The Reserve Bank of India governor Shaktikanta Das is right to seek a roadmap to fiscal prudence. Persistent high fiscal deficits can cause macroeconomic stress, manifesting as inflation and a widening current account deficit. However, fiscal rectitude does not always mean a smaller deficit. In a situation such as the present one, the right policy is to have a significantly larger deficit, so as to give a major push to economic growth and elevate it to a high trajectory.
India’s direct fiscal stimulus, at less than 2% of GDP, has been underwhelming. Of course, increasing the size of the stimulus would mean a higher fiscal deficit, given the sharp slide in revenue collections. This, in turn, would push up the public debt-to-GDP ratio in the near term, but also accelerate the rate of economic growth. Whereas a low increase in the fiscal deficit (due to a smaller stimulus) would nudge up debt/GDP only by a bit, it would effect only moderate force to the economic impulse. So, it makes sense to have a larger and swifter stimulus than a smaller one.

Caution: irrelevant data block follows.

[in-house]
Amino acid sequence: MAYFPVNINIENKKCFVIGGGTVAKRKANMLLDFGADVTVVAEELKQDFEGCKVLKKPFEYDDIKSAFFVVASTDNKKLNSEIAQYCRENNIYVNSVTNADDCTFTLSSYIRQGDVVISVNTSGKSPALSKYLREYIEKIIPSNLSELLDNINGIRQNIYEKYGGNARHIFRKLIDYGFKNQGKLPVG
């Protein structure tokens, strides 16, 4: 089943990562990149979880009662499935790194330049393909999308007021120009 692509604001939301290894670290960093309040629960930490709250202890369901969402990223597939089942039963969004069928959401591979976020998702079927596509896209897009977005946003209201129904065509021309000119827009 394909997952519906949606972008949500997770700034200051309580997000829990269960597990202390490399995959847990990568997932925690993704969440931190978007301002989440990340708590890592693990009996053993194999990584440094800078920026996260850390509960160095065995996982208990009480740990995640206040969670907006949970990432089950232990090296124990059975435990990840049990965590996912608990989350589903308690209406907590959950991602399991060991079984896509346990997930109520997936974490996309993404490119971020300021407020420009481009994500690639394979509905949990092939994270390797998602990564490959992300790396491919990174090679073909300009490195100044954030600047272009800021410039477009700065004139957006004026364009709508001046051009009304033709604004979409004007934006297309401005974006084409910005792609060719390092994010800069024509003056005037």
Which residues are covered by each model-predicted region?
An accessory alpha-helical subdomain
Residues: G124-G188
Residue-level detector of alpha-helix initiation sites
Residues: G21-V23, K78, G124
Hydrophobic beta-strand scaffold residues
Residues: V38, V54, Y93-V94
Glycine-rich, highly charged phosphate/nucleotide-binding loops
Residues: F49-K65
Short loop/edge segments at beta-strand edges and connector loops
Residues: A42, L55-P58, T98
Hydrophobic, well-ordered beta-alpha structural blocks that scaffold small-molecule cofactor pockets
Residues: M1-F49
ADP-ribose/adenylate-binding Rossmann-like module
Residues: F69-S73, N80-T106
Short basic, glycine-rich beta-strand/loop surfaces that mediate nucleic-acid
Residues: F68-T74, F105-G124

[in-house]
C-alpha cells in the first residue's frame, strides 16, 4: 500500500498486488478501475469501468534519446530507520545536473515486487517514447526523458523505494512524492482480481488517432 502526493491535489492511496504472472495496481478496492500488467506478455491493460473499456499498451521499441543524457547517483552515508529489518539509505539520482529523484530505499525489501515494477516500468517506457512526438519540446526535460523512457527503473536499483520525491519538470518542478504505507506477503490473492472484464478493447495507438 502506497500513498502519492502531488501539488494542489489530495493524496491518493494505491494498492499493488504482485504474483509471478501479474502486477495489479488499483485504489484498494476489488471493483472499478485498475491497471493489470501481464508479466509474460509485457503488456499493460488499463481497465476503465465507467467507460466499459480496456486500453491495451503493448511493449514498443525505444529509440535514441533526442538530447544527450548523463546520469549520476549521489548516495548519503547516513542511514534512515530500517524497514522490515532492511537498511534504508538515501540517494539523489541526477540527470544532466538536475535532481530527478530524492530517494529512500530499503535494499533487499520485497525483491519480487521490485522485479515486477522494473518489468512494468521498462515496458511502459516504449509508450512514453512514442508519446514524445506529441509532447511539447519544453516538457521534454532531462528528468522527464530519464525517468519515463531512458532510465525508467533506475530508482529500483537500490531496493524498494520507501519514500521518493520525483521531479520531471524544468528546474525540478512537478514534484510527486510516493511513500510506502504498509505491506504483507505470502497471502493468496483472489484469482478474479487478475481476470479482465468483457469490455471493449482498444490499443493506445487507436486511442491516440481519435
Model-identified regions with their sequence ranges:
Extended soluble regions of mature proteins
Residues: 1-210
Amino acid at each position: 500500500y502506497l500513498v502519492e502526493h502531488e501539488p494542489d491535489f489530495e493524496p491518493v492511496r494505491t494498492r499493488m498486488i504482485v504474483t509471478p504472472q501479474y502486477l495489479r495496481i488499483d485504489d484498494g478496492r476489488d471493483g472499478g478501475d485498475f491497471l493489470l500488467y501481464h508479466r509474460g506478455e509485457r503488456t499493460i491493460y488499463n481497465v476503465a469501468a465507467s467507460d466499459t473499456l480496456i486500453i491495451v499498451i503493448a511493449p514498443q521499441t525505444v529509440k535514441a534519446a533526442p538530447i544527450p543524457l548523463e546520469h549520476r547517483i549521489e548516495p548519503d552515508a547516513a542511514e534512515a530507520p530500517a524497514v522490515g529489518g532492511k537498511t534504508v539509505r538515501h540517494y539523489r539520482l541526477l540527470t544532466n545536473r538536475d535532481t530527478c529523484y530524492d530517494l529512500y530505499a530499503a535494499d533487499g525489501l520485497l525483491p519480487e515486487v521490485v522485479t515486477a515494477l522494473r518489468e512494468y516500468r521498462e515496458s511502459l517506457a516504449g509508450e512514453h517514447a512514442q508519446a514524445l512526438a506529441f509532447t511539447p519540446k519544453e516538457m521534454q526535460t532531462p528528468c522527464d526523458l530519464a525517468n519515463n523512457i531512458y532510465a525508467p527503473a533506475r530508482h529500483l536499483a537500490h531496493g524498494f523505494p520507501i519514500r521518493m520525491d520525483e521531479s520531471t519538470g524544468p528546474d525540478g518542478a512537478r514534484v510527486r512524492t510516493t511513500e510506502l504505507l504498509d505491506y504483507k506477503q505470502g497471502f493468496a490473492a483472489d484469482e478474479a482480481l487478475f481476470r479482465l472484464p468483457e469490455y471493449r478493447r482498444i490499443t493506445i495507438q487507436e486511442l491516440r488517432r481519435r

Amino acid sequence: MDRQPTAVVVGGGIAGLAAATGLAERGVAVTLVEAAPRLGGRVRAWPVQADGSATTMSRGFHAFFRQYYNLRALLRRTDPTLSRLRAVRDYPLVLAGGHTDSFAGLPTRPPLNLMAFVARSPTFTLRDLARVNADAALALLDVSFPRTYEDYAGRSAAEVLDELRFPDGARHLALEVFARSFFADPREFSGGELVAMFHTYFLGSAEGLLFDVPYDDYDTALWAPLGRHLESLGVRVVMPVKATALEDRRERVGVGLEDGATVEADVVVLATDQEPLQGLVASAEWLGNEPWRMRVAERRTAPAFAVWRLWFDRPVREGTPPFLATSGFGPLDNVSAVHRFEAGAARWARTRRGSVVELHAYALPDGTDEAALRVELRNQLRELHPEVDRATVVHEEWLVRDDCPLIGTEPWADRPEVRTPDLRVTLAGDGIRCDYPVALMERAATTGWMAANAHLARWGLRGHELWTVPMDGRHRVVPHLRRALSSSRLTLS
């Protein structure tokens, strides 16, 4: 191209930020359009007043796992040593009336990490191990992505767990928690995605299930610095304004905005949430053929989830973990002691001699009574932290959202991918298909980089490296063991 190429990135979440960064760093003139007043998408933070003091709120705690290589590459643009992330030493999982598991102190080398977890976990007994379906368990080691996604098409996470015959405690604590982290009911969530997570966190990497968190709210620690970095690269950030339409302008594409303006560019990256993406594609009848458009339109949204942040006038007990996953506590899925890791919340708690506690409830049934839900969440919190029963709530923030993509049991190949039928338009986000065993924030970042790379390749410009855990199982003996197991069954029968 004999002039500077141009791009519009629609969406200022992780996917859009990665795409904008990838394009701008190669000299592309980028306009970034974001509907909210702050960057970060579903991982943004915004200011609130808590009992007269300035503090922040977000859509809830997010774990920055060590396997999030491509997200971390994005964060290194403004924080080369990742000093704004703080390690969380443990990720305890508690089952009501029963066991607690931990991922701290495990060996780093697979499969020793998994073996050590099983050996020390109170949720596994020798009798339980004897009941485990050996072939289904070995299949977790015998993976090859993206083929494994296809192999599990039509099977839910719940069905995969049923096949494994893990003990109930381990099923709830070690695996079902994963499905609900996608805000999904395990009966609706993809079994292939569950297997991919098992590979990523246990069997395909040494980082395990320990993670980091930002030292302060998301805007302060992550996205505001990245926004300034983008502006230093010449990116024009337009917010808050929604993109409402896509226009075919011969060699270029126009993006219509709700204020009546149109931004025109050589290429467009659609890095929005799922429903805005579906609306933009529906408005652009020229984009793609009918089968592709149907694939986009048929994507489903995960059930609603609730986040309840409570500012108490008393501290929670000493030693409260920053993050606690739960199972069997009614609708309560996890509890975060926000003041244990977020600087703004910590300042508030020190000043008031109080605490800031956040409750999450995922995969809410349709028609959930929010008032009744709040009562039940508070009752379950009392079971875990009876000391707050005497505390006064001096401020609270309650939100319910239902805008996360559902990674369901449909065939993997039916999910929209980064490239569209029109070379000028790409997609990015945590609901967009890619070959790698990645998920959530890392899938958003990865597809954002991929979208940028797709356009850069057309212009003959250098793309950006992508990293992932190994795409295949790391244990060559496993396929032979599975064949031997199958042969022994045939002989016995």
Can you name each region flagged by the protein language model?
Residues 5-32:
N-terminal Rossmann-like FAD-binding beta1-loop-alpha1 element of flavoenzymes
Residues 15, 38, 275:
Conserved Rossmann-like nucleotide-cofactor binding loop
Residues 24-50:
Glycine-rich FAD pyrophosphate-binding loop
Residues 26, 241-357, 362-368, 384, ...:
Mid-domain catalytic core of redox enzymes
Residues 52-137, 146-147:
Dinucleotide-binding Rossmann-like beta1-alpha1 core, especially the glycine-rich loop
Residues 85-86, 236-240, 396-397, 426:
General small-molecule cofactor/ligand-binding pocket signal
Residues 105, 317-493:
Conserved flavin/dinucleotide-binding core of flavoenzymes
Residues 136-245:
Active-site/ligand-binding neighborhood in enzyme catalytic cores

A higher growth trajectory would lead to falling debt/GDP over the years, whereas low growth would lead to rising debt/ GDP. Of course, all the additional investment needed to boost growth need not come from the exchequer. A lot of investment can be catalysed by the government through policy and guarantees that result only in the addition of contingent liabilities.
Offering an acceptable rate of return will boost the flow of global capital, helping the completion of projects such as the Delhi-Mumbai Industrial Corridor. To support fiscal consolidation, the government needs to improve its tax analytics and collections. States must also rigorously collect user charges and avoid taking on subsidy burdens.